Warfarin maintenance: management of high and low INRs

Use the following guides to adjust maintenance doses for patients already stabilised on warfarin to achieve a target INR (international normalised ratio) of 2.5 ± 0.5.

Practice tips

  • Consider recent INR trends - avoid adjusting warfarin doses based on an asymptomatic, single, unexplained out-of-range INR, unless clinically significant
  • Use the MedicineWise Anticoagulant Safety Checklist to identify causes for INR instability and guide maintenance dose adjustments
  • Dose adjustments should be based on the total weekly dose of warfarin
  • When changing the warfarin dose, check INR every 7–14 days until the INR is stable
  • Consider available tablet strengths and the patient’s ability to break scored tablets when prescribing future doses.
  • Older people may take longer to respond to dose changes
  • Missed doses will be reflected in the INR in 2–5 days
  • For warfarin dose initiation, refer to MedicineWise News

Dose adjustments should be based on the total weekly dose of warfarin.

Table 1: Warfarin dose adjustment algorithm for target INR 2.5 ± 0.5 and no bleeding[1,2] [A]

INR
≤ 1.5 1.6– 1.9 2–3
3.1–3.9 4.0–4.4 ≥ 4.5
Dose adjustment
Increase weekly dose by 15%[B]

Continue current dose

If repeat INR falling or low for 2 consecutive INRs, increase weekly dose by 10%

Continue current dose
Continue current dose

If repeat INR rising or high for 2 consecutive INRs, reduce weekly dose by 10%
Omit warfarin dose for 1 day, reduce weekly dose by 10%
See Table 2 for patients on warfarin with high INR and no bleeding and Table 3 for patients on warfarin with bleeding
Next INR test
7–14 days[C] 7–14 days[C] Continue current INR testing interval
7–14 days[C] 7–14 days[C]

Abrreviations: INR = international normalised ratio.

[A] Clinical judgment may allow variation in the application of the algorithm.[1]

[B] Consider bridging with a low molecular weight heparin (LMWH) if the INR is low and the patient is at high risk of thromboembolism.

[C] A repeat INR in the next 1–2 days days may be useful in the following situations:

  • to avoid missing an INR that has been rising since the last INR level, particularly when the INR ≥ 4
  • if a cause for a change in INR cannot be identified
  • if there has been a dramatic change from the previous INR, e.g. from 3.0 to 1.6.

 

 


The advice in Tables 2 and 3 is taken from an ‘Update of Consensus Guidelines for Warfarin Reversal’ on behalf of the Australasian Society of Thrombosis and Haemostasis.[2]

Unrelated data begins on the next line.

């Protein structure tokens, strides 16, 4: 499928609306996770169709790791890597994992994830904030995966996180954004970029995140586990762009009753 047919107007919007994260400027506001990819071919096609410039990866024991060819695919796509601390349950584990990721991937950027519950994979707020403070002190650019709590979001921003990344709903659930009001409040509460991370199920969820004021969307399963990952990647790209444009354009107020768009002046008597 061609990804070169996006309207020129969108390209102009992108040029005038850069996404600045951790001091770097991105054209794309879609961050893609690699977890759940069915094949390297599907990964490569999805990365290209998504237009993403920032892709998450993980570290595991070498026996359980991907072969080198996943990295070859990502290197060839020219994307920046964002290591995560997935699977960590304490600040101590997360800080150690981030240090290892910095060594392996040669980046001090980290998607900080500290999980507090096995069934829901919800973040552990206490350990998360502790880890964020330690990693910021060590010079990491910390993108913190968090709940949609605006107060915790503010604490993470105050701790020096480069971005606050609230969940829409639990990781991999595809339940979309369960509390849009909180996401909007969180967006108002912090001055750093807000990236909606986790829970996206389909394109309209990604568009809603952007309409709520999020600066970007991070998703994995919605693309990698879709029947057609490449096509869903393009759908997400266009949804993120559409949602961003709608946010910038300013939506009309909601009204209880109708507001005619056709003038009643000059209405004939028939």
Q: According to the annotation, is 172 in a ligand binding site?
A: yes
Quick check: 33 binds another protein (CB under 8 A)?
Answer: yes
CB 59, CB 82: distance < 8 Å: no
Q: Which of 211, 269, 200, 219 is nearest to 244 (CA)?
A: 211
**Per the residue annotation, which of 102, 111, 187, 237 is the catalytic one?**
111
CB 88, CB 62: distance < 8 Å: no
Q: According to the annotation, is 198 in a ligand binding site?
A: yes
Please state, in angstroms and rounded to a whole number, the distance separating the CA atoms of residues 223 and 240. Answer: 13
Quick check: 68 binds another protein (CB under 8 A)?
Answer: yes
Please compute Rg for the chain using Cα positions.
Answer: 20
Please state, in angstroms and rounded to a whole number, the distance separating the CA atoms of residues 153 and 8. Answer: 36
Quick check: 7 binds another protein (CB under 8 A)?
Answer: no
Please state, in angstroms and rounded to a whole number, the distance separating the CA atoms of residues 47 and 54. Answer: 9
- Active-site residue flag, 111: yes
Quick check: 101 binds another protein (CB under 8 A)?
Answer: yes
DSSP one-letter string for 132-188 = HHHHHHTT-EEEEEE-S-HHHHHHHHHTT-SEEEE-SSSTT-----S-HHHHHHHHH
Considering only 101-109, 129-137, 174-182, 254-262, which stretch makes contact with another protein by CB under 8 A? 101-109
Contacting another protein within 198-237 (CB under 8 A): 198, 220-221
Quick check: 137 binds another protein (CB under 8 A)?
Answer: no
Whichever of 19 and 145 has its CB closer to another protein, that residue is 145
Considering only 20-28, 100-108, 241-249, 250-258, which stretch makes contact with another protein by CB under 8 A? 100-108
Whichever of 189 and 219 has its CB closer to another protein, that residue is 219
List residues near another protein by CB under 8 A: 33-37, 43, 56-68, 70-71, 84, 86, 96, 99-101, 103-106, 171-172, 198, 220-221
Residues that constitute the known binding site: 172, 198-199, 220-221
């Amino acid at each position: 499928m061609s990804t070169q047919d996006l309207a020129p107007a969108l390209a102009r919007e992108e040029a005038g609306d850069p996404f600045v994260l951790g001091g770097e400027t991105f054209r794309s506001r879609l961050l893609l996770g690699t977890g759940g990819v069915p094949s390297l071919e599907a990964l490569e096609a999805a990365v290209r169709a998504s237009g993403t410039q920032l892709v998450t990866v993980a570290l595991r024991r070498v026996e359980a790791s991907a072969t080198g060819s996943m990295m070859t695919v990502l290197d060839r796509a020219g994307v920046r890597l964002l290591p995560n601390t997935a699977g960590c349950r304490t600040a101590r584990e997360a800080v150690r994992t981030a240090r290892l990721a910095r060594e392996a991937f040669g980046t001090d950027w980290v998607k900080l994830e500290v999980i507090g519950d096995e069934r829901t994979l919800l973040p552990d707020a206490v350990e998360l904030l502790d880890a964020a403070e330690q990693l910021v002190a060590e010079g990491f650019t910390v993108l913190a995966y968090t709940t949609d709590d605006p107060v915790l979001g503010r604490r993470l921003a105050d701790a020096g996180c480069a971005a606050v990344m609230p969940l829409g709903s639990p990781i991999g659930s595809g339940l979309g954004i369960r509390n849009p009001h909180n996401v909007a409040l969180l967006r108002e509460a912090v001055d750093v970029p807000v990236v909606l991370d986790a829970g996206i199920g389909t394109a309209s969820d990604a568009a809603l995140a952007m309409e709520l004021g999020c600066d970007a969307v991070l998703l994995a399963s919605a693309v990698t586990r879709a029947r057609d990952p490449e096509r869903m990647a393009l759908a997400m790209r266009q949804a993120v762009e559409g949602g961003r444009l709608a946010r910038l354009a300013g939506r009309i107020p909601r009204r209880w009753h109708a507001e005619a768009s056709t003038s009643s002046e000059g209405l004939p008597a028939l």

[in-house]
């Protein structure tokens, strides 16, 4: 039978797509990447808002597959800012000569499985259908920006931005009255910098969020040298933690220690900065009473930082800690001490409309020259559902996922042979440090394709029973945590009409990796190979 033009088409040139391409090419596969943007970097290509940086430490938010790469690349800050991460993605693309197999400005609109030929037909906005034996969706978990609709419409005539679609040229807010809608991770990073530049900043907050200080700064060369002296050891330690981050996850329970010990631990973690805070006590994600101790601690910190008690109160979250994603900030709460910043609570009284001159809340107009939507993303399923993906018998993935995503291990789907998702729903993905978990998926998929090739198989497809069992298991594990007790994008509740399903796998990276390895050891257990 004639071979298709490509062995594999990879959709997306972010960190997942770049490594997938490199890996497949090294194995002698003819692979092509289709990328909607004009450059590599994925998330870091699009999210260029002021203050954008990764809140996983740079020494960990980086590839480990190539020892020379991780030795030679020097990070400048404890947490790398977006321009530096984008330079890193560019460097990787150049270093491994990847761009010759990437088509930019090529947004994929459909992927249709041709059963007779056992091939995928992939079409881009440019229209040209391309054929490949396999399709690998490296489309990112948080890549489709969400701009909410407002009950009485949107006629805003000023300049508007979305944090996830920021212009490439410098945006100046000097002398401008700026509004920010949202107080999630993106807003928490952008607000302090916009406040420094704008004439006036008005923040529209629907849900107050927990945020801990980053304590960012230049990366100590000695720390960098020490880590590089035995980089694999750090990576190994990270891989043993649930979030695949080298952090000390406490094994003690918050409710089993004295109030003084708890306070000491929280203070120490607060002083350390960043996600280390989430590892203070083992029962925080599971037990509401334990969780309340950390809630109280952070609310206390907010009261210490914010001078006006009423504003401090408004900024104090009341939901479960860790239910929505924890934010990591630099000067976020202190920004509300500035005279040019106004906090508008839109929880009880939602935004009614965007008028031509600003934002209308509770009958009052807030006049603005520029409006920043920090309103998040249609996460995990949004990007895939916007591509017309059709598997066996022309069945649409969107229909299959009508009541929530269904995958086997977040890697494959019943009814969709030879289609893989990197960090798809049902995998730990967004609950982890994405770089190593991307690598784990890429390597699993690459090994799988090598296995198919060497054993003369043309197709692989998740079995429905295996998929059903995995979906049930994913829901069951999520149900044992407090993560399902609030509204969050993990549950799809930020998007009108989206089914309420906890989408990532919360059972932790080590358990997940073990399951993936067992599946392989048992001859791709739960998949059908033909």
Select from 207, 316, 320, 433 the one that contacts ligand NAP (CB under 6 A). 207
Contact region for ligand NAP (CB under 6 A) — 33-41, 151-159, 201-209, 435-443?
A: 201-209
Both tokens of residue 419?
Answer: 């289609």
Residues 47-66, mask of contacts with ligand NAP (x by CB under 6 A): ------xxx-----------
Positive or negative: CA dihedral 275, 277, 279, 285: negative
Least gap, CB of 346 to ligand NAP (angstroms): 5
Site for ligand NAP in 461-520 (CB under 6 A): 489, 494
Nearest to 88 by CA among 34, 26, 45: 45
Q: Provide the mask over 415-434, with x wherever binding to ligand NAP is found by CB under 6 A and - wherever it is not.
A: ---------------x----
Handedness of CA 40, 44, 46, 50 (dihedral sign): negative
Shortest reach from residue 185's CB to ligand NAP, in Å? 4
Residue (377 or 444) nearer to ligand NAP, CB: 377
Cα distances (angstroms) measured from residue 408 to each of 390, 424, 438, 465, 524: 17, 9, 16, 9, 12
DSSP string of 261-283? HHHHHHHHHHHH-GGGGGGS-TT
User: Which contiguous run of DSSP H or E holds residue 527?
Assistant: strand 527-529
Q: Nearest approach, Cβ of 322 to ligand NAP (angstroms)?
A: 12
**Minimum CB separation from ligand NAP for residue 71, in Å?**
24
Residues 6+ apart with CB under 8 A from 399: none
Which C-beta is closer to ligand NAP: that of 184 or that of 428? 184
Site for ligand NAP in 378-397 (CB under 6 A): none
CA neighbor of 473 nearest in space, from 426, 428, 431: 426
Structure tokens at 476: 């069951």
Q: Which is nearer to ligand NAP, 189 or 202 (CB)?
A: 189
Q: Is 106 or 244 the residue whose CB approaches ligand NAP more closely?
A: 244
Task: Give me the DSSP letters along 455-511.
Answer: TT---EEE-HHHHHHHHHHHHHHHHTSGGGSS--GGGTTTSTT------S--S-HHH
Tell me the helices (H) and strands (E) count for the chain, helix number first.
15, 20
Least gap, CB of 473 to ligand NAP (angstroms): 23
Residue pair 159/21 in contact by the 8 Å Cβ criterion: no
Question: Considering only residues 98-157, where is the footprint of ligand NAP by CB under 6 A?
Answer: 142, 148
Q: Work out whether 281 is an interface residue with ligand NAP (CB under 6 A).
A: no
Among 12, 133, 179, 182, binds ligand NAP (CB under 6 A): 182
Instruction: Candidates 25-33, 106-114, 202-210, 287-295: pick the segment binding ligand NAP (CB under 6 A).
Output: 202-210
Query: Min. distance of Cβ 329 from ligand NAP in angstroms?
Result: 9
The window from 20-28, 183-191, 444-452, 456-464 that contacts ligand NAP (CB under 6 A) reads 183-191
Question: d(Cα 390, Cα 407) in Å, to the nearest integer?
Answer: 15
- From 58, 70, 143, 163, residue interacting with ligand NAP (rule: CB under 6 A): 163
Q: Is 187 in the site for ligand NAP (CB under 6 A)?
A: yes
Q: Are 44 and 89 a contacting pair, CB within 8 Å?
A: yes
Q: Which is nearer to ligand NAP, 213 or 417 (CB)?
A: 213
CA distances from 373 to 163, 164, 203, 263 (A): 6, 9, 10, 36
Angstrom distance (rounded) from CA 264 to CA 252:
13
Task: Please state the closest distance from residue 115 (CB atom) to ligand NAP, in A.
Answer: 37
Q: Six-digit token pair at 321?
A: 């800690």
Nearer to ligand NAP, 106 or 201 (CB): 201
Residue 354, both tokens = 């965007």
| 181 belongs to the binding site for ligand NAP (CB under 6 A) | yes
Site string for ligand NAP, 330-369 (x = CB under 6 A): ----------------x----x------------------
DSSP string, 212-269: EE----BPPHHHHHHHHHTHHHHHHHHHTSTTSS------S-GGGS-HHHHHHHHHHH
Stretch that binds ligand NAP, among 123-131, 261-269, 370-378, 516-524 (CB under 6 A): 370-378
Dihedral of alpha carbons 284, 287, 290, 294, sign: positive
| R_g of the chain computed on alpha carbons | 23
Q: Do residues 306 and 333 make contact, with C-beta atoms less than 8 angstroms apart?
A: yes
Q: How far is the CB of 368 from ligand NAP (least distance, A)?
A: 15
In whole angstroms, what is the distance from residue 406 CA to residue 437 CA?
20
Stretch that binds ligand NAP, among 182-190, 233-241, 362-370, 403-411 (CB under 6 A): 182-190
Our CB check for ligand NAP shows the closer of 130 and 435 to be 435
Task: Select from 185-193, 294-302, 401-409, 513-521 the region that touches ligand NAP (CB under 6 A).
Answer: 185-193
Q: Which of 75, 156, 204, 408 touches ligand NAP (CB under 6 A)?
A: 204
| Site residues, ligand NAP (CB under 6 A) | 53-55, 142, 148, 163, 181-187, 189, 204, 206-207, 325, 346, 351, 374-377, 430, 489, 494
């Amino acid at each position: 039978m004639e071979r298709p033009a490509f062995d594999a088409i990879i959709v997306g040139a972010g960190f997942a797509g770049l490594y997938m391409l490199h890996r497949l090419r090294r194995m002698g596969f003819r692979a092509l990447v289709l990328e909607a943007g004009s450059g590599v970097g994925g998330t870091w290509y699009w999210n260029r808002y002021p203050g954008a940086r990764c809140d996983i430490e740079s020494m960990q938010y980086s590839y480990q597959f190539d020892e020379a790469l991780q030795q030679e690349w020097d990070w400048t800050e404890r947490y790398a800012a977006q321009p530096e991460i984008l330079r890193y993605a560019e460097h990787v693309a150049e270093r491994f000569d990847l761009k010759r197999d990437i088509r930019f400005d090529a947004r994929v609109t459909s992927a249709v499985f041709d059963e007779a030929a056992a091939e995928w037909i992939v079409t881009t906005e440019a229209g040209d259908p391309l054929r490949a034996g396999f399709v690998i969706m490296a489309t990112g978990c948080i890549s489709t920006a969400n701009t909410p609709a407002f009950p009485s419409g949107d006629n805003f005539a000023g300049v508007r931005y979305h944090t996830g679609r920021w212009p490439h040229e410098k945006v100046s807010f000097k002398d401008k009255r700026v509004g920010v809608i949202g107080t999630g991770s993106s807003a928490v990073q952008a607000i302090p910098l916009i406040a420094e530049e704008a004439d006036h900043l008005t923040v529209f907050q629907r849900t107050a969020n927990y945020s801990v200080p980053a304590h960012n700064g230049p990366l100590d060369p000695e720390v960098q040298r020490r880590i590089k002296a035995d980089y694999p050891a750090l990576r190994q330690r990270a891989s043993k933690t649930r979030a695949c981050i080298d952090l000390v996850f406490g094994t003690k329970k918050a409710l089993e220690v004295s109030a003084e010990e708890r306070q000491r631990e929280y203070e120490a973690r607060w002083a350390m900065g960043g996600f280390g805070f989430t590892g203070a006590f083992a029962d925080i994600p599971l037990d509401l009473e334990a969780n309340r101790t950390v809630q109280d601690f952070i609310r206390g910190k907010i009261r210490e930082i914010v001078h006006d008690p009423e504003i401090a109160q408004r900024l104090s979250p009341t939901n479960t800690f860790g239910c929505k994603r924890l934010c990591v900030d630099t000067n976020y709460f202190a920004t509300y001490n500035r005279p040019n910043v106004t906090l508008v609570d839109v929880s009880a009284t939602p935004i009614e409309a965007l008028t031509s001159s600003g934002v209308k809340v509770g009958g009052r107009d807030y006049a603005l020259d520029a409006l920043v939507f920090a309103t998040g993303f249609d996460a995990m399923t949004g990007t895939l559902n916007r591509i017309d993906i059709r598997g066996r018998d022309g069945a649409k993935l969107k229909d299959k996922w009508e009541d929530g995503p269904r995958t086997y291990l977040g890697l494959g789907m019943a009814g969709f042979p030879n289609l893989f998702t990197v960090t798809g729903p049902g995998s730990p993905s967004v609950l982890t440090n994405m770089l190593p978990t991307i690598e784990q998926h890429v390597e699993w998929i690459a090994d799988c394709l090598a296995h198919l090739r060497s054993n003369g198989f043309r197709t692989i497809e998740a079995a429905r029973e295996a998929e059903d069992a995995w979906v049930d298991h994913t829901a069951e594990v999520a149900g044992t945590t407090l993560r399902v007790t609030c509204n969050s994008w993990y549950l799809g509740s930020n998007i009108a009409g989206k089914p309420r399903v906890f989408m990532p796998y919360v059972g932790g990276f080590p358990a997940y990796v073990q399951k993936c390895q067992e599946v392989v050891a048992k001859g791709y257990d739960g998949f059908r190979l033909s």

If the patient is bleeding consider urgent hospital referral is recommended. Prothrombinex-VF and fresh frozen plasma provide immediate reversal. Vitamin K1 is essential for sustaining the reversal achieved.


Table 2: Management of patients on warfarin with high INR and no bleeding[2]

Clinical setting Recommendations
INR 4.5–10.0 and no bleeding
If bleeding risk is high[D]:
  • consider vitamin K1 1–2 mg orally or 0.5–1 mg IV
  • measure INR within 24 hours
  • resume warfarin at a reduced dose once INR approaches therapeutic range
INR >10.0 and no bleeding
  • Stop warfarin
  • Administer 3–5 mg vitamin K1 orally or IV[E]
  • Measure INR in 12–24 hours then daily to second daily over the following week
  • Resume warfarin at a reduced dose once INR approaches therapeutic range
If bleeding risk is high[D]:
  • consider Prothrombinex-VF, 15–30 IU/kg
  • measure INR in 12–24 hours and monitor closely over the following week
  • resume warfarin at a reduced dose once INR approaches therapeutic range
 Abrreviations: INR = international normalised ratio; IV = intravenously.

[D] Recent major bleed (within previous 4 weeks) or major surgery (within previous 2 weeks), thrombocytopenia (platelet count < 50 x 109/L), known liver disease or concurrent antiplatelet therapy.[2]

[E] Extrapolated from oral vitamin K data in absence of IV data.[2]

Table 3: Management of patients on warfarin with bleeding[2][F]

Clinical setting Recommendations
INR ≥1.5 with life-threatening[G] (critical organ) bleeding
Stop warfarin therapy and administer:
  • vitamin K1 5–10 mg IV
  • and Prothrombinex-VF 50 IU/kg[H] IV
  • and fresh frozen plasma 150–300 mL
If Prothrombinex-VF is unavailable, administer fresh frozen plasma 15 mL/kg
INR ≥ 2.0 with clinically significant bleeding (not life threatening)
Stop warfarin therapy and administer:
  • vitamin K1 5–10 mg IV
  • and Prothrombinex-VF 35–50 IU/kg IV according to INR
If Prothrombinex-VF is unavailable, administer fresh frozen plasma 15 mL/kg
Any INR with minor bleeding

Stop warfarin

Repeat INR the following day and adjust warfarin dose to maintain INR in the target therapeutic range

If bleeding risk is high[I] or INR > 4.5, consider vitamin K1 1–2 mg orally or 0.5–1 mg IV

 Abbreviations: INR= international normalised ratio; IV  = intravenously.

[F] Indication for warfarin therapy should be reviewed; if clinically appropriate, consider permanent cessation.[2]

[G] Includes intracranial bleeding.[2]

[H] Consider administering a Prothrombinex-VF dose less than 50 IU/kg when INR 1.5–1.9.[2]

[I] Recent major bleed (in the previous 4 weeks) or major surgery (in the previous 2 weeks), thrombocytopenia (platelet count < 50 x 109/L), known liver disease or on current antiplatelet therapy.[2]

References

  1. Kim YK, Nieuwlaat R, Connolly SJ, et al. Effect of a simple two-step warfarin dosing algorithm on anticoagulant control as measured by time in therapeutic range: a pilot study. J Thromb Haemost 2010;8:101–6.
  2. Tran HA, Chunilal SD, Harper PL, et al. An update of consensus guidelines for warfarin reversal. Med J Aust 2013;198:doi:10.5694/mja12.10614. https://www.mja.com.au/journal/2013/198/4/update-consensus-guidelines-warfarin-reversal (accessed 25 June 2013).